11 hot skills for 2011
IT hiring will pick up slightly next year, and talented programmers and project managers will be at the starting line.
Computerworld - Christmas came in midsummer for Nicole Thompson, IS director of applications at HealthAlliance of the Hudson Valley.
Thanks to a federal mandate to implement electronic health records (EHR) systems, she has the funds in her 2011 budget to hire 11 new employees for projects ranging from database analysis and design to wireless device implementation.
"I'm bringing people on staff now who have extreme database experience," says Thompson, who works at the health care network's Benedictine Hospital campus in New York. She also needs someone with systems analysis and design experience, as well as someone who can communicate with clinicians about their workflow and then adapt a vendor's software to fit the hospital's needs.
"It's a very exciting time," she adds. "This is the first time in my entire IT career where I have been able to hire people. I'm loving this!"
After months of staff cuts or hiring freezes, many U.S. companies are planning to hire IT employees with highly valued skills. The percentage of respondents to Computerworld's annual Forecast survey who said they plan to increase staff size in the next 12 months increased slightly, from 20% in last year's survey to 23% this year.
"We're talking about hiring. It's happening now," says Dave Willmer, executive director of IT staffing services firm Robert Half Technology and a Computerworld.com columnist. "Companies that cut staff or implemented hiring freezes are realizing they need employees now to help upgrade IT systems and prepare their firms for potential growth."
What's more, IT managers are taking the opportunity to mold their departments into profit-making business units.
Computerworld's survey uncovered these 11 must-have skills.
1. Programming and Application Development
About 47% of the survey respondents who said they plan to hire IT professionals in the next year will be looking for people with programming or application development skills. Moreover, Monster.com reports that three quarters of 245 HR managers and recruiters it surveyed in May plan to hire IT staffers with applications expertise by the end of this year.
"Those skills are separate from enterprise business applications," says David Foote, CEO and chief research officer at Foote Partners LLC in Vero Beach, Fla. In this volatile market, companies need to quickly reposition, as well as use IT to grow the business through new products and innovation. So "RAD, rapid programming and agile programming seem to be coming back. Companies are starting to increase some of their pay [in these areas], which means they're looking for more capabilities in their companies," he says.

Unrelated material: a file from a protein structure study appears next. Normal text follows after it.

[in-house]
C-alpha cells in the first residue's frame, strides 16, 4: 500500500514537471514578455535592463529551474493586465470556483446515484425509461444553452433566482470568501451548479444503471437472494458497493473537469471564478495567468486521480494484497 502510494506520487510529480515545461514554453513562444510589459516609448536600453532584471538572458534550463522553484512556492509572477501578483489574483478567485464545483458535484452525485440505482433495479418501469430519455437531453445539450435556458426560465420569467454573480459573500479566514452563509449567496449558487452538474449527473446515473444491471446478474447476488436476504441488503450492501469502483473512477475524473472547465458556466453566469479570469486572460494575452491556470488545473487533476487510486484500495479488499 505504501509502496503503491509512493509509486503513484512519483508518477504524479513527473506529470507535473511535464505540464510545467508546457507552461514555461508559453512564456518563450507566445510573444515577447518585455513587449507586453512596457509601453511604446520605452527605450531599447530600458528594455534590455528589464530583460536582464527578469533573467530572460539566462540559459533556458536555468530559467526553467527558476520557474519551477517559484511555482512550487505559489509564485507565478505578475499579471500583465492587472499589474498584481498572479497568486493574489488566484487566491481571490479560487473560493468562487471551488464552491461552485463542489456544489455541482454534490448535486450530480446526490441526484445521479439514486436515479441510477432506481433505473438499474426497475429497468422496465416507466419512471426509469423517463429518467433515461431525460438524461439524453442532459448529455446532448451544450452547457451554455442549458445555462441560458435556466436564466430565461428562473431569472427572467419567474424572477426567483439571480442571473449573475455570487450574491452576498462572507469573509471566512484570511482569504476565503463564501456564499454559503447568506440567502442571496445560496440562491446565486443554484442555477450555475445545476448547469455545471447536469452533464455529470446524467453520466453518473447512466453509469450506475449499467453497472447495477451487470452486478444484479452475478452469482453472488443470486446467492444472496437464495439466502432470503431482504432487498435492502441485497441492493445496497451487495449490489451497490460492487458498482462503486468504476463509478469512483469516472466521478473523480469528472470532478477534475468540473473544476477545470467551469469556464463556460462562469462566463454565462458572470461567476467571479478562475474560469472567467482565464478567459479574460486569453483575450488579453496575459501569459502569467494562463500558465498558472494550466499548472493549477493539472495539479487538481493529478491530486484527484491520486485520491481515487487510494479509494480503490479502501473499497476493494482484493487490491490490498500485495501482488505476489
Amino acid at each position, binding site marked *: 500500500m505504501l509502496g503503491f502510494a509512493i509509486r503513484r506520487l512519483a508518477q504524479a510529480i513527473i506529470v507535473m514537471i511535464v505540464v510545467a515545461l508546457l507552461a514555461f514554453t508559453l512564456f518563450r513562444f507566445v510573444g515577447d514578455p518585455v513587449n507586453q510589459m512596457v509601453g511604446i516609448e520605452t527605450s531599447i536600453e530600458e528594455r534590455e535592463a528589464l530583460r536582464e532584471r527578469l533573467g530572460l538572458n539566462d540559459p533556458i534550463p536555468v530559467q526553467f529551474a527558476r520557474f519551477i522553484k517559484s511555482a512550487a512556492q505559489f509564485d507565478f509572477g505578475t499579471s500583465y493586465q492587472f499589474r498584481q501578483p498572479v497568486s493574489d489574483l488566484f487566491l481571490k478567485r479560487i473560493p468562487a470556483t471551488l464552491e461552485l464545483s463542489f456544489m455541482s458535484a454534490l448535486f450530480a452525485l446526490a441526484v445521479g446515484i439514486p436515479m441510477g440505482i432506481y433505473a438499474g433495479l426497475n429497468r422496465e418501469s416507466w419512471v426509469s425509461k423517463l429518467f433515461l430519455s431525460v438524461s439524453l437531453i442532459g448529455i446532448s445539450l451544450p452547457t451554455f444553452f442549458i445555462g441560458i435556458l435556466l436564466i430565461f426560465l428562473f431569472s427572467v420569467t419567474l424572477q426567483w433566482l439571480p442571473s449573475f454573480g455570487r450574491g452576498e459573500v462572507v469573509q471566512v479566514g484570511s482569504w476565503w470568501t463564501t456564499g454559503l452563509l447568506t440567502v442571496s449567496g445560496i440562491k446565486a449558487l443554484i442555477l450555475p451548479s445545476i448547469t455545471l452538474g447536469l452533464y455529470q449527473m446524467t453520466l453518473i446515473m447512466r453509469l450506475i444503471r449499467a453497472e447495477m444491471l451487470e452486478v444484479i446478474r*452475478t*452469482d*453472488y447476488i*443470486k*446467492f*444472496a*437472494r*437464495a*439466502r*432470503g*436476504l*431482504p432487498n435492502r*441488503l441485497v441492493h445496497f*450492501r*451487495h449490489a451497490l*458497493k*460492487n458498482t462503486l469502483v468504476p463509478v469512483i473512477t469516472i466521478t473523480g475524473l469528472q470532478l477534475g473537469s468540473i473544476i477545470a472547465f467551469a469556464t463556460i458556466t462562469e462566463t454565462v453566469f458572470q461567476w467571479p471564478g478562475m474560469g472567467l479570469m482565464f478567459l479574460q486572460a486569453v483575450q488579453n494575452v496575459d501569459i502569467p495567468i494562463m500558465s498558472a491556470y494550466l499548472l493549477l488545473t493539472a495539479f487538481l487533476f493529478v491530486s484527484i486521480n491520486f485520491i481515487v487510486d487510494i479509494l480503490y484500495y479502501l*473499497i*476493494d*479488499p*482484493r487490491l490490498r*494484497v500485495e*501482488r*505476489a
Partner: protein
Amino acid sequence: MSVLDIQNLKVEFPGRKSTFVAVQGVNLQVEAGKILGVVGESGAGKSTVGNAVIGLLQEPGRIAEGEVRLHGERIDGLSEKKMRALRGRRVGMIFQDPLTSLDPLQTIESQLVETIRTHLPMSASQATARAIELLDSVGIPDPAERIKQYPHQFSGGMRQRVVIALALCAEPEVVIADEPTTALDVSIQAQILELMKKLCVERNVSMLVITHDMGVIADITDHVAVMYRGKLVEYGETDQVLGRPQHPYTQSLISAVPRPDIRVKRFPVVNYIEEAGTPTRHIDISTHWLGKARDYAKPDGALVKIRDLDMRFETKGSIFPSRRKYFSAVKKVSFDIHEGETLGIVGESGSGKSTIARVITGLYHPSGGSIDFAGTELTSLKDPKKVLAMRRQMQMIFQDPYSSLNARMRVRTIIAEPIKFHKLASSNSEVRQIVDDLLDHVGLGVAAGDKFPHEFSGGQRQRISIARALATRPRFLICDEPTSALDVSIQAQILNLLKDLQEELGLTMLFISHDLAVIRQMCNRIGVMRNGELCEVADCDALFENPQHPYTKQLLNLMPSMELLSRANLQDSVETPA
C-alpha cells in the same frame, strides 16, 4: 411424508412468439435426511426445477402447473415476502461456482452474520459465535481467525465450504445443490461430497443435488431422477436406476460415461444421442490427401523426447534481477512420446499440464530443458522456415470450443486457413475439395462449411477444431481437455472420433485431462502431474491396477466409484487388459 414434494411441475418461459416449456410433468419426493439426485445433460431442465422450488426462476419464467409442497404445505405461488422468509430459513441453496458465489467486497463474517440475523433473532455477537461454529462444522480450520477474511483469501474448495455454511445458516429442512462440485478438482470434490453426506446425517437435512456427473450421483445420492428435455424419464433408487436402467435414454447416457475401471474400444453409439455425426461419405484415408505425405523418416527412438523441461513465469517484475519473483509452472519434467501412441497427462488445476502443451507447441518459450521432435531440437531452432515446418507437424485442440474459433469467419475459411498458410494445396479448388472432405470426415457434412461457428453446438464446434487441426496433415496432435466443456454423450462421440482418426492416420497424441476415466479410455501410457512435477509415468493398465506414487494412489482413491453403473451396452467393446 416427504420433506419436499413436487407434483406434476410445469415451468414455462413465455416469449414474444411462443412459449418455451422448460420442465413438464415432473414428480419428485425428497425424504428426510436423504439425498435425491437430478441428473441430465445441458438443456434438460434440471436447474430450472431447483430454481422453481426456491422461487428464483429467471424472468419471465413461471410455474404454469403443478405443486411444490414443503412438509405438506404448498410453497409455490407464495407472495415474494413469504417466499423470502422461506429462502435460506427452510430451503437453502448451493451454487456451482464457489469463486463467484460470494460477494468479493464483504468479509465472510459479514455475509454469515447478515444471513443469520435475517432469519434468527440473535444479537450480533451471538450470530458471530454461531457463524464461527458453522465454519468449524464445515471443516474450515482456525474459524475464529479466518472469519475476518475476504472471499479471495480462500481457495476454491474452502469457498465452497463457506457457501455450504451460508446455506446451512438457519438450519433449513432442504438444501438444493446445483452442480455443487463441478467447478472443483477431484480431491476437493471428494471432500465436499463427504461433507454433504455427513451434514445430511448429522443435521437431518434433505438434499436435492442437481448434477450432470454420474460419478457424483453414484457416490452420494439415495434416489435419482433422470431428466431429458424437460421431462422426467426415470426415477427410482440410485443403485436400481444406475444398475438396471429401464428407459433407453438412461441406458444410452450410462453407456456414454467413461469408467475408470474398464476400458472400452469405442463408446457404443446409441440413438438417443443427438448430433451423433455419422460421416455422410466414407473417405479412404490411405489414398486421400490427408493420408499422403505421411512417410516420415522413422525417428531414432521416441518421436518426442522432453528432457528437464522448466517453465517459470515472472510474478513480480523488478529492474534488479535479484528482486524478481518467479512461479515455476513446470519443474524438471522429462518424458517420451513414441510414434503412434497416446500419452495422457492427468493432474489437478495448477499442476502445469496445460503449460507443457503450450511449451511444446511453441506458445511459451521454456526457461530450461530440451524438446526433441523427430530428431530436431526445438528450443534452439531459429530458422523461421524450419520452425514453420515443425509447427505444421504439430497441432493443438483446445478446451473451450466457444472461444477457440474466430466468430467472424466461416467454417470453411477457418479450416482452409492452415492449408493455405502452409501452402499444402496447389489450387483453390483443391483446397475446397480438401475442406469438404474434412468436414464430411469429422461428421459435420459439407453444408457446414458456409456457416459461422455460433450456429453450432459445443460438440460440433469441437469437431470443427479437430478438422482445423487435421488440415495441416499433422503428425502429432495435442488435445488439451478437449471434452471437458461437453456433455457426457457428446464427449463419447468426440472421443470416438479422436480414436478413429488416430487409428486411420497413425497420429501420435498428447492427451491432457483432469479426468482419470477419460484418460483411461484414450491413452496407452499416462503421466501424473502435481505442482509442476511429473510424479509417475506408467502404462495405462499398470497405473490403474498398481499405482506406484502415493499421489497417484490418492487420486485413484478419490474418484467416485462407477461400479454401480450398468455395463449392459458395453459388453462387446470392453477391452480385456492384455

2. Project Management
Kathleen Kay has put project managers at the top of her 2011 hiring list at Comerica Bank. With some 140 IT projects on the schedule, she will need people to oversee Web and mobile initiatives, a treasury management product rollout and a legacy applications refresh, among other efforts.
The Dallas-based bank will fill those needs by hiring new people and retraining existing employees. "
We are very passionate about investing in our people and making sure they stay up to speed on skills with emerging technologies," says Kay, senior vice president of business technology services.
People with project management skills will be sought by 43% of Computerworld's survey respondents who plan to make new hires, and by more than half of those polled by Monster.com.
3. Help Desk/Technical Support
Only 20% of Microsoft customers had converted to Windows 7 as of July 2010, according to Microsoft. "That leaves 80%. They have to move over. It's not a matter of choice," Willmer says. That may be one reason why help desk and technical support skills will be high-priority in 2011 for 42% of survey-takers who are hiring.
What's more, major conversions like those in the health care arena, driven by the EHR mandate, require a lot of help desk support for users. "These aren't just people doing password resets. They're probably technically savvy as well as having that health care background," Willmer adds.
Networking skills are in demand among 38% of Computerworld survey respondents who said they're hiring. And those jobs were identified as the most challenging to fill in a Robert Half Technology survey of 1,400 CIOs.
"Networking is closely tied to virtualization," says Willmer. "Finding somebody with that virtualization experience and the ability to convert nonvirtual environments into virtual environments probably is the biggest reason" some networking skills are hard to find.
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